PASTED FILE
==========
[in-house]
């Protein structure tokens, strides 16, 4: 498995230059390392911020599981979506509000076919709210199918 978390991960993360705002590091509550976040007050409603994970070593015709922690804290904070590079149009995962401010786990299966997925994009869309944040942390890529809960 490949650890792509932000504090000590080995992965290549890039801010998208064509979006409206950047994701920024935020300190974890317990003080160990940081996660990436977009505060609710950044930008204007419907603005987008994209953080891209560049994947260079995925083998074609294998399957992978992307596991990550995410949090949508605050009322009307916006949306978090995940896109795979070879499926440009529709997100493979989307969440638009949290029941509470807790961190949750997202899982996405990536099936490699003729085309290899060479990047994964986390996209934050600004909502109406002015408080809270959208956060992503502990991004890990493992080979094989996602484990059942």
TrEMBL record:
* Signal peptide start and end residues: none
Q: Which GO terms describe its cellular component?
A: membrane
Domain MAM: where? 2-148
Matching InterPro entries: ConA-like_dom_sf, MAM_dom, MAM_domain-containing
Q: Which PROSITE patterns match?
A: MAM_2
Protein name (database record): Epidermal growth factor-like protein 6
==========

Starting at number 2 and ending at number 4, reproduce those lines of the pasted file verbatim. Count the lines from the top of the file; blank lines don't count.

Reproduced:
């Protein structure tokens, strides 16, 4: 498995230059390392911020599981979506509000076919709210199918 978390991960993360705002590091509550976040007050409603994970070593015709922690804290904070590079149009995962401010786990299966997925994009869309944040942390890529809960 490949650890792509932000504090000590080995992965290549890039801010998208064509979006409206950047994701920024935020300190974890317990003080160990940081996660990436977009505060609710950044930008204007419907603005987008994209953080891209560049994947260079995925083998074609294998399957992978992307596991990550995410949090949508605050009322009307916006949306978090995940896109795979070879499926440009529709997100493979989307969440638009949290029941509470807790961190949750997202899982996405990536099936490699003729085309290899060479990047994964986390996209934050600004909502109406002015408080809270959208956060992503502990991004890990493992080979094989996602484990059942």
TrEMBL record:
* Signal peptide start and end residues: none